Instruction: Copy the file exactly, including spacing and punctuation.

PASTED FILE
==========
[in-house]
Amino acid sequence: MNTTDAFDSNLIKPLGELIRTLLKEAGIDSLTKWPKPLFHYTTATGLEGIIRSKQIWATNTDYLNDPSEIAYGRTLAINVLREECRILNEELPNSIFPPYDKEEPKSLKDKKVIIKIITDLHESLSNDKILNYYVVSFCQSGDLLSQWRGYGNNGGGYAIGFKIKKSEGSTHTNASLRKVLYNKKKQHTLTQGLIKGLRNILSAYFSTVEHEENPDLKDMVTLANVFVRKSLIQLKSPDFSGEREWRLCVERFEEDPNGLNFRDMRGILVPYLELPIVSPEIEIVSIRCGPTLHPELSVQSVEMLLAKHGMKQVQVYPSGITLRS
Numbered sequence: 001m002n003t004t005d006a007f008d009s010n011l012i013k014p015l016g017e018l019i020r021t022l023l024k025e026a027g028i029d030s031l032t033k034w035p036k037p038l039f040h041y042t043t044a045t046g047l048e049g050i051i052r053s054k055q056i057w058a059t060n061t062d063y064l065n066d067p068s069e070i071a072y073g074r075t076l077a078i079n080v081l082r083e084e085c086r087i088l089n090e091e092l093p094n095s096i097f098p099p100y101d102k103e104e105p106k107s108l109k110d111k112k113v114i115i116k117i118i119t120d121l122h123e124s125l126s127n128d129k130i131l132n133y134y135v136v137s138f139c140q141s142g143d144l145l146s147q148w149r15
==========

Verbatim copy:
[in-house]
Amino acid sequence: MNTTDAFDSNLIKPLGELIRTLLKEAGIDSLTKWPKPLFHYTTATGLEGIIRSKQIWATNTDYLNDPSEIAYGRTLAINVLREECRILNEELPNSIFPPYDKEEPKSLKDKKVIIKIITDLHESLSNDKILNYYVVSFCQSGDLLSQWRGYGNNGGGYAIGFKIKKSEGSTHTNASLRKVLYNKKKQHTLTQGLIKGLRNILSAYFSTVEHEENPDLKDMVTLANVFVRKSLIQLKSPDFSGEREWRLCVERFEEDPNGLNFRDMRGILVPYLELPIVSPEIEIVSIRCGPTLHPELSVQSVEMLLAKHGMKQVQVYPSGITLRS
Numbered sequence: 001m002n003t004t005d006a007f008d009s010n011l012i013k014p015l016g017e018l019i020r021t022l023l024k025e026a027g028i029d030s031l032t033k034w035p036k037p038l039f040h041y042t043t044a045t046g047l048e049g050i051i052r053s054k055q056i057w058a059t060n061t062d063y064l065n066d067p068s069e070i071a072y073g074r075t076l077a078i079n080v081l082r083e084e085c086r087i088l089n090e091e092l093p094n095s096i097f098p099p100y101d102k103e104e105p106k107s108l109k110d111k112k113v114i115i116k117i118i119t120d121l122h123e124s125l126s127n128d129k130i131l132n133y134y135v136v137s138f139c140q141s142g143d144l145l146s147q148w149r15